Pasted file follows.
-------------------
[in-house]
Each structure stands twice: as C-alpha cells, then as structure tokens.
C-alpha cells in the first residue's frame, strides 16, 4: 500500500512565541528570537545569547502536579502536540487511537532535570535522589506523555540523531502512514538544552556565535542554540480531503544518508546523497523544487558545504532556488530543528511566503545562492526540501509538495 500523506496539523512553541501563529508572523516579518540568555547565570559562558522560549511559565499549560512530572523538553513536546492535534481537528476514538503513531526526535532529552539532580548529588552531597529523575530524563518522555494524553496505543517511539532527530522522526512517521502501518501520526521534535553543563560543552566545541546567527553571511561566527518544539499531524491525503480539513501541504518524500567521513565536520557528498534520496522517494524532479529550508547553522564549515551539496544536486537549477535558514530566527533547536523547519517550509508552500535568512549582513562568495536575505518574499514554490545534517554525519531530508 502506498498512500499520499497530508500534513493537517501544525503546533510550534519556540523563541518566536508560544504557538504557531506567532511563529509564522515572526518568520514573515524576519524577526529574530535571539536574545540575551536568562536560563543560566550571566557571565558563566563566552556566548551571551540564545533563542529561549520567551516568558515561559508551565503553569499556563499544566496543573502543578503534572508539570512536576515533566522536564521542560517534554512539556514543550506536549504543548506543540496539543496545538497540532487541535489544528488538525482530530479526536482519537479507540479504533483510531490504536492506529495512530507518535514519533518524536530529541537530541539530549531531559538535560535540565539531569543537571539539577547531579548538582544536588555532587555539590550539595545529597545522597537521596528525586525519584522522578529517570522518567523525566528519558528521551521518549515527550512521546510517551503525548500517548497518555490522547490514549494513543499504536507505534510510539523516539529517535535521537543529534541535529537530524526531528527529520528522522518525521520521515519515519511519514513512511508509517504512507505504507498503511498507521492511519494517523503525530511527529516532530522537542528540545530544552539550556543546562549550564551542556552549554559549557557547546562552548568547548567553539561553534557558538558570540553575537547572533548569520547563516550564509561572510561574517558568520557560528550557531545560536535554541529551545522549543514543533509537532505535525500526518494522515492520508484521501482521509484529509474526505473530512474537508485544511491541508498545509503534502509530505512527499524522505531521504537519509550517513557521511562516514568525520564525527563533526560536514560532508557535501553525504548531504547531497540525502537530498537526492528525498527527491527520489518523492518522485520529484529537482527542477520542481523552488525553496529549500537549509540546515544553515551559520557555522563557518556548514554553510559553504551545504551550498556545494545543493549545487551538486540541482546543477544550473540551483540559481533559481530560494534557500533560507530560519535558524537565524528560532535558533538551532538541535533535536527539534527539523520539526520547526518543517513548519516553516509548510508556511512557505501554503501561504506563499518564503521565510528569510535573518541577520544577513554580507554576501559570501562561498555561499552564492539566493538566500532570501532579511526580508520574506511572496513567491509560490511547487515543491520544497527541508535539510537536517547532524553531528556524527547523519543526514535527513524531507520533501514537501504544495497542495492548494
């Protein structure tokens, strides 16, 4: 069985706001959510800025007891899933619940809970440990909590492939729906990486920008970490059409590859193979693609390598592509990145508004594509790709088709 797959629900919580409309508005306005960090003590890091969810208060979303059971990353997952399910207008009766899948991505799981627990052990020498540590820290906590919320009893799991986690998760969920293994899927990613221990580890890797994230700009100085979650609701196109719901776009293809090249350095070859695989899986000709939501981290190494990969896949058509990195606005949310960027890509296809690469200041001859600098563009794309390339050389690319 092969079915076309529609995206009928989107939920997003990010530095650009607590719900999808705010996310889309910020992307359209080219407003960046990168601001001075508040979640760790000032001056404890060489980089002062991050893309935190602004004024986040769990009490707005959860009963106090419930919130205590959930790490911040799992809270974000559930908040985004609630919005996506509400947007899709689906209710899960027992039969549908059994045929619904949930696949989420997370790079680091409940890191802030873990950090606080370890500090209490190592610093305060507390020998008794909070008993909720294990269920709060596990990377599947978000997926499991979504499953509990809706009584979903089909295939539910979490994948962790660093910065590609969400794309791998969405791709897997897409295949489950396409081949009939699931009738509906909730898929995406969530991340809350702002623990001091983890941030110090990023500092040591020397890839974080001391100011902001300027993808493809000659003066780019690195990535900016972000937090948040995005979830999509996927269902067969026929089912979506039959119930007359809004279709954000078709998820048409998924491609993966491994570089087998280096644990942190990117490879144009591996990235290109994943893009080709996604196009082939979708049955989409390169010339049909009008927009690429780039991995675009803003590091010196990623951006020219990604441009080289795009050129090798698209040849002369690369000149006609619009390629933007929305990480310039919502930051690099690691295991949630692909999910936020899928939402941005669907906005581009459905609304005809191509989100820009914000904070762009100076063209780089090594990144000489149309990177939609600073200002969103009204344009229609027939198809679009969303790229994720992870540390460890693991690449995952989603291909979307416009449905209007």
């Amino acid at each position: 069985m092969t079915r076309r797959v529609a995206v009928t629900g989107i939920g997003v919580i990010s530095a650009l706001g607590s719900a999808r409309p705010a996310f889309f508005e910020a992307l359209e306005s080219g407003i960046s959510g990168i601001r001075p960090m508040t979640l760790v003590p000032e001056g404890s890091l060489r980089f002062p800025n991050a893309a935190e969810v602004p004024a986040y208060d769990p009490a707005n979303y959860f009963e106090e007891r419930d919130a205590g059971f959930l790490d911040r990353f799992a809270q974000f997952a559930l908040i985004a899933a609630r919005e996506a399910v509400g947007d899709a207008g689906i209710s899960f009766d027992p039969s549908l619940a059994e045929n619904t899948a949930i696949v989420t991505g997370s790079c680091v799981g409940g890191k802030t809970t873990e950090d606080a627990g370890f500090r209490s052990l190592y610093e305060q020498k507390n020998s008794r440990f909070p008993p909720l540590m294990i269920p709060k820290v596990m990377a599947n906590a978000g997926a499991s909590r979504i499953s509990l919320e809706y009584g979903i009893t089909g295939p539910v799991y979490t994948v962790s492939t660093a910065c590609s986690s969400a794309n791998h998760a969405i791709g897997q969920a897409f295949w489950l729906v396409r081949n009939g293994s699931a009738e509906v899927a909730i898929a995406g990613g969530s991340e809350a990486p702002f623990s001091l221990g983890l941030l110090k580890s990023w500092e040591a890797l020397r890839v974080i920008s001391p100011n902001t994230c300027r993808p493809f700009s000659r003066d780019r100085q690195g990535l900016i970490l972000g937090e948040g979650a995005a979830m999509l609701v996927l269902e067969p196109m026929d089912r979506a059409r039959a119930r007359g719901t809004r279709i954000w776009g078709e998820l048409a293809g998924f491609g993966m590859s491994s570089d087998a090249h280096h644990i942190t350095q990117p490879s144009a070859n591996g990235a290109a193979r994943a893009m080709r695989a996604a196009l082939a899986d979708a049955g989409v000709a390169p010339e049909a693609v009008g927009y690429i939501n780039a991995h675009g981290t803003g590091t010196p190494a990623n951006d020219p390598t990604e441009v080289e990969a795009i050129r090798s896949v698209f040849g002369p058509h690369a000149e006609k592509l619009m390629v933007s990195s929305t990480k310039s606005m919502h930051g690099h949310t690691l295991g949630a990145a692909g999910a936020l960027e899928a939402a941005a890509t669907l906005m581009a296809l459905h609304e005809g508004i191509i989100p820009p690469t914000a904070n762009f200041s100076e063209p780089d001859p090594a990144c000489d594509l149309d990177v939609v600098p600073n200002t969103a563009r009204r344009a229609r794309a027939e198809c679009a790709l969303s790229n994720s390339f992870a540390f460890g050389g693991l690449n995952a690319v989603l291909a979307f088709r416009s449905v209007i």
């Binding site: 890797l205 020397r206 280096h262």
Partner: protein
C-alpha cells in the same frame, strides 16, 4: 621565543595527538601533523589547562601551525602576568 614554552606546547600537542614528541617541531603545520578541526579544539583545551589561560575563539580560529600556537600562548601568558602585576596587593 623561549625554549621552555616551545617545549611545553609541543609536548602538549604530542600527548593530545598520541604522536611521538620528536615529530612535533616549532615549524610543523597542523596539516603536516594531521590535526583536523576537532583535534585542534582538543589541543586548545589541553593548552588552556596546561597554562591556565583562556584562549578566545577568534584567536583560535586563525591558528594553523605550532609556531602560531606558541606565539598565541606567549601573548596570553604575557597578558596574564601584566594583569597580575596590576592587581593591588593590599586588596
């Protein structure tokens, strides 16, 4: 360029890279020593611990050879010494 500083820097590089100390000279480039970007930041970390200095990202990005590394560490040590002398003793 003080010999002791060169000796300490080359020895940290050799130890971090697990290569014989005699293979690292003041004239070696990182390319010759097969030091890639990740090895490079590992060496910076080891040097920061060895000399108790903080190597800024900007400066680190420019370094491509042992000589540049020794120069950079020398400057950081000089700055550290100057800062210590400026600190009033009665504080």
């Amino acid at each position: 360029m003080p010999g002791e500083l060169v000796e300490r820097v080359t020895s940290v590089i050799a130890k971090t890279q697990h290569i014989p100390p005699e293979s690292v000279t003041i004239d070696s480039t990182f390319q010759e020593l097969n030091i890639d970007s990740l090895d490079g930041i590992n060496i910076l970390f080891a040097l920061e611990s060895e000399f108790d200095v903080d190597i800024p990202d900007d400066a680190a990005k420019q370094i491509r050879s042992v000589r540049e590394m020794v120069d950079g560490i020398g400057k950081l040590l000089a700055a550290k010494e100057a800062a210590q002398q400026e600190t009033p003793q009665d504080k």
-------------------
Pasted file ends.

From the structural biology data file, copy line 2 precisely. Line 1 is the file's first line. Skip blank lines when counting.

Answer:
Each structure stands twice: as C-alpha cells, then as structure tokens.